manananmaclir wrote: ↑
Sat Feb 13, 2021 4:21 pm
danielmann861 wrote: ↑
Sat Feb 13, 2021 2:48 pm
gattoparde59 wrote: ↑
Sat Mar 13, 2010 10:05 pm
I guess the best way to pose this question is to ask whether we should accept the judgment of the film adaptation: that what we see in the film represents the “fillet” of the novel and the rest should be discarded as literary offal. Do you think the film adaptation is a vast improvement over a poorly written, and in some cases offensive novel, or do you think the novel can stand on its own merits, separate from the film adaptation? Feel free to comment, I won’t hold it against you.
No, I see them as two different mediums telling the same story in different methods and that is that. The novel stands on its own. It tells its own story and doesn't care if you're uncomfortable in the places it takes you. It stands on its own. You can like one better than the other, but to discard one over the other or say one is literary offal because it goes to uncomfortable places is kind of a ridiculous notion
Well put. Rather abrupt, but still well put. I should add that I don't agree that the novel was poorly written, nor did I find it offensive. Some parts were more uncomfortable than others, less enjoyable, but not offensive.
I don't even mean to be rude. Just yeah, I think they both stand on their own rights. But I come at this from the perspective that I was a fan of the book LONG before the movie even came to be. I was a fan of the book from the time it was first published in Australia. I bought it in October of 2007 and fell in love with it from there before there even was a movie. When I heard there was a film version on the way, I didn't think they could do it justice but was shocked to see how well they did it even with the more pulpy elements removed. The way I look at it is the simple, the core heart is of course Oskar and Eli. All versions of this story retain that core heart but take different routes along the way. The novel is very pulp-horror Stephen King by way of a coming of age story and I love it for that reason. Tomas Alfredson's film is the same core story by the way of Ingmar Bergman drama removing some of the pulp-horror aspects along the way. Matt Reeve's version is somewhere between the pulp-horror tone of the novel and the Ingmar Bergman dramatic take of Tomas Alfredson. Or I would say the American equivalent of Ingmar Bergman but I think Let Me In is a muddled film that is trying to take some of the book while replicating too much of Alfredson's film and never really finds its own way. BUT, it still stands on its own.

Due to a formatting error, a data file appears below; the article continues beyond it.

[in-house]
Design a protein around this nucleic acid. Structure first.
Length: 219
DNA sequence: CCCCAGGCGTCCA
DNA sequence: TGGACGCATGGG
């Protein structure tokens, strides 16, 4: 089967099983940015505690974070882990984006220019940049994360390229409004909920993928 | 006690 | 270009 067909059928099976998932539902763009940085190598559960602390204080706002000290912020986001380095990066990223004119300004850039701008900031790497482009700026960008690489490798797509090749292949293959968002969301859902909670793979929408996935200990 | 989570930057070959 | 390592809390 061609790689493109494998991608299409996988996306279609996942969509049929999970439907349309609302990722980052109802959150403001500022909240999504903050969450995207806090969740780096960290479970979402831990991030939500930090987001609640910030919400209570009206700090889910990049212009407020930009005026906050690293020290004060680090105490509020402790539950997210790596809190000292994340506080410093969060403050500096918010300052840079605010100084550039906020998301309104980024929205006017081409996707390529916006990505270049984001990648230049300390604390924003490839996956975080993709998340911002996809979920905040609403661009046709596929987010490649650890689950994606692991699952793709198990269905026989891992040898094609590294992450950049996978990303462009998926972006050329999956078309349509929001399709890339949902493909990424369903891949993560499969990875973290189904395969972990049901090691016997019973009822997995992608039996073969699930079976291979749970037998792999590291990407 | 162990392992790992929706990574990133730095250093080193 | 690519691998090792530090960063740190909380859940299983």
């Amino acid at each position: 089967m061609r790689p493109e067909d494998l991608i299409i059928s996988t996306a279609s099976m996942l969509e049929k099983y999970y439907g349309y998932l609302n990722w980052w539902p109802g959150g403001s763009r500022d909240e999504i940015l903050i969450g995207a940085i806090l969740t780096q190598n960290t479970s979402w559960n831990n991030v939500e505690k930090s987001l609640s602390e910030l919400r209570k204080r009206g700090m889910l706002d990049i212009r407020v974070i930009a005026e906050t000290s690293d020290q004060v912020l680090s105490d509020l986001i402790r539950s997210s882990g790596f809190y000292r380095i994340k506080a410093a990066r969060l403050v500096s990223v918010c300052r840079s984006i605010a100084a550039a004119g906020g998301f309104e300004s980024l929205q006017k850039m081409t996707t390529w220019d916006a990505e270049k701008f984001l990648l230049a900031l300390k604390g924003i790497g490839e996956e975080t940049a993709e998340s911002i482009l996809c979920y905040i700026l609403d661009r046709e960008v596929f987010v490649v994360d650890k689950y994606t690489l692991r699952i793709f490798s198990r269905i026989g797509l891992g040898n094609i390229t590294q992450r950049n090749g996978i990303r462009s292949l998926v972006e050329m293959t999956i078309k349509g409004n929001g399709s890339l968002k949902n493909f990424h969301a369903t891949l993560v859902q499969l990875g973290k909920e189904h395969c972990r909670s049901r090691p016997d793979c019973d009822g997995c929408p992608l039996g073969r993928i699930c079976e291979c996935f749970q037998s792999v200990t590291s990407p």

Which I guess brings me to my overall point. The novel is its own beast. Alfredson's film is its own beast. And even Reeves film, as flawed as I find it to be, is its own beast. I mean you can like one over the other all you want and even argue the positives of one take over another. But to disregard any of the three just feels foolish to me (gee, maybe I have grown up a little considering I was the fool on IMDB trying to dismiss Let Me In at one point
I don't know. I think all three stand on their own two feet and should be judged as such. The book is its own beast and I kind of appreciate for it different reasons to the film. I like pulp-horror. I like being taken to uncomfortable places in fiction. I found some of the more demented aspects of the novel fascinating. I may not like Hakan, but hey, by the time Breaking Bad finished, I didn't like Walt either but still found him relentlessly fascinating as a character. Getting in the mind of someone who is reprehensible was still fascinating to me even if I despise what he is. I don't have to like the character to still find him fascinating. I don't know, I just think it's slightly foolish to disregard something because another does it better. Even that is just opinion as opposed to objective fact.
(Jesus christ, Harpospoke on the IMDB boards was right! I was an elitist little bastard at one point and this is what happens when the elitist bastard grows up
There's a reference I'd be surprised if anyone here would remember. My childish wars with Harpo on the IMDB forums...why do I even remember that?)